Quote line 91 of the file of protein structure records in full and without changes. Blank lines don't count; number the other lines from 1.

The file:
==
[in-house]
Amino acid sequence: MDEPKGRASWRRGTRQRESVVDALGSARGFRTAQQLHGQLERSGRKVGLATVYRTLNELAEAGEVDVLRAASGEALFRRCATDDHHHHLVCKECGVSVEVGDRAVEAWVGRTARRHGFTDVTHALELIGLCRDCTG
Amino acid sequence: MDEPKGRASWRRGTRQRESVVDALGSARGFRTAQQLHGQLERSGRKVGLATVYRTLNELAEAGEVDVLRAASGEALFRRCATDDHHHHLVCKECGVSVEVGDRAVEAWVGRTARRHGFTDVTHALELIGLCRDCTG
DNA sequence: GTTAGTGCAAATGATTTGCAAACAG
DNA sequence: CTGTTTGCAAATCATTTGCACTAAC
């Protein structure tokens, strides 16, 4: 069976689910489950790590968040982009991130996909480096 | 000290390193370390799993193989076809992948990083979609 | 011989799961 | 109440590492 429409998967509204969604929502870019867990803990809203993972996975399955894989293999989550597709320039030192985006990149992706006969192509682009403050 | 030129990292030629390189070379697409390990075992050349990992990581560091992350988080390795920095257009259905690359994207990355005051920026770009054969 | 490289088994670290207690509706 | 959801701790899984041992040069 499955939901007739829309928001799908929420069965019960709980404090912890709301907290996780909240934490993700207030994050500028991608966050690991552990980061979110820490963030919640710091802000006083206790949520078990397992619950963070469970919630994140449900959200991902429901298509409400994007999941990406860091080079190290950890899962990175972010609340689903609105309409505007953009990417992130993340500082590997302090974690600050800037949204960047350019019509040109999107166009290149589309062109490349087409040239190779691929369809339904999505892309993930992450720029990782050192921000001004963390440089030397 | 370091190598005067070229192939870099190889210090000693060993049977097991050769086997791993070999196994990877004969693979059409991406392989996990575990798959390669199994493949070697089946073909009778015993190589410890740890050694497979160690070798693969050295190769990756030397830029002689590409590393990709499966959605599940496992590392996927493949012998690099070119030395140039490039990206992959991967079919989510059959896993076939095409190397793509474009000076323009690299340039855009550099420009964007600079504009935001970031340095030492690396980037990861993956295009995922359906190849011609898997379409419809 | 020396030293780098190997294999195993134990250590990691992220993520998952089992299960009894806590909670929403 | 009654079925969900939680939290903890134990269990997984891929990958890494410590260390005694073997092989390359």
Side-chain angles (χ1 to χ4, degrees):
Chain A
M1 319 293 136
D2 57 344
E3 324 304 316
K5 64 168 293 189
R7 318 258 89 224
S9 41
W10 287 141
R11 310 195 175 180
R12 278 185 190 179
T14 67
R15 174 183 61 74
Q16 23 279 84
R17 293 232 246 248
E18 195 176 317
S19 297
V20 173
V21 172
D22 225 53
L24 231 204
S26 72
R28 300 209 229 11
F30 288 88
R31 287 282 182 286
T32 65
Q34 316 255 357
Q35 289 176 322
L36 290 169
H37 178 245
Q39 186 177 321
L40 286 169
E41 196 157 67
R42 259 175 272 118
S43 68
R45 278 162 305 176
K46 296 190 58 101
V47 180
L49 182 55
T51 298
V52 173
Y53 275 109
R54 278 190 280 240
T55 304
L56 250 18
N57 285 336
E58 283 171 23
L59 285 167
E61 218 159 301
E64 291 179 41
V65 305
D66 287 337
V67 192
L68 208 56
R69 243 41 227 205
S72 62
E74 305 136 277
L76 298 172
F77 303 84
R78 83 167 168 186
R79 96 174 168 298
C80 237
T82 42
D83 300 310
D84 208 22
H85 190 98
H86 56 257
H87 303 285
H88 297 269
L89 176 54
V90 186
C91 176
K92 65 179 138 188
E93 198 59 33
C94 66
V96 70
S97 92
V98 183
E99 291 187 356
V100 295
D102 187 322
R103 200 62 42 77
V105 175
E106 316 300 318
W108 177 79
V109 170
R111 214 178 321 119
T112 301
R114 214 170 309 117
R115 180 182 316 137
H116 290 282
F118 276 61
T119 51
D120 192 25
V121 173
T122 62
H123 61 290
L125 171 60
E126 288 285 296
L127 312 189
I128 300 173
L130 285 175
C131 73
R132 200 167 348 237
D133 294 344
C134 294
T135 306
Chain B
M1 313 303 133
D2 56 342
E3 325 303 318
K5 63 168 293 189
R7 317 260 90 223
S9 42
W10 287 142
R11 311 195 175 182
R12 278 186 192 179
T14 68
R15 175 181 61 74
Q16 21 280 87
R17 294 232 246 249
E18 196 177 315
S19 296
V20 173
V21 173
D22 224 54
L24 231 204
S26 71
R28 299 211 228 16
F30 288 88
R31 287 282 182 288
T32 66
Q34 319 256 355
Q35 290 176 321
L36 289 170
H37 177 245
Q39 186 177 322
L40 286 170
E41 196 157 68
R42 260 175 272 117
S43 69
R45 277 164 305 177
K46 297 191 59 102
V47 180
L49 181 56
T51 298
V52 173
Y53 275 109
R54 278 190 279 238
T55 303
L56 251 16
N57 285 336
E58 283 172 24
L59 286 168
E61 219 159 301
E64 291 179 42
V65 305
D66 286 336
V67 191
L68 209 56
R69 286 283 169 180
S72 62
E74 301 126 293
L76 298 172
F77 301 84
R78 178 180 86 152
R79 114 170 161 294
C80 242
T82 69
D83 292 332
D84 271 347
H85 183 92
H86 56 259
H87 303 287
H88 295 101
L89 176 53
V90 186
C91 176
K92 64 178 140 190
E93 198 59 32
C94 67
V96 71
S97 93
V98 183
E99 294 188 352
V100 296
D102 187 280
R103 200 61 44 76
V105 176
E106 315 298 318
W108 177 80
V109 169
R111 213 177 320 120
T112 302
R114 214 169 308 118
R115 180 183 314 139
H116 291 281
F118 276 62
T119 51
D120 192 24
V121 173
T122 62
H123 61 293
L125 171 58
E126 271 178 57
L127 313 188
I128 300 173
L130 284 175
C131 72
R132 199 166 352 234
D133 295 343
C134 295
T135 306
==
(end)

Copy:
W108 177 79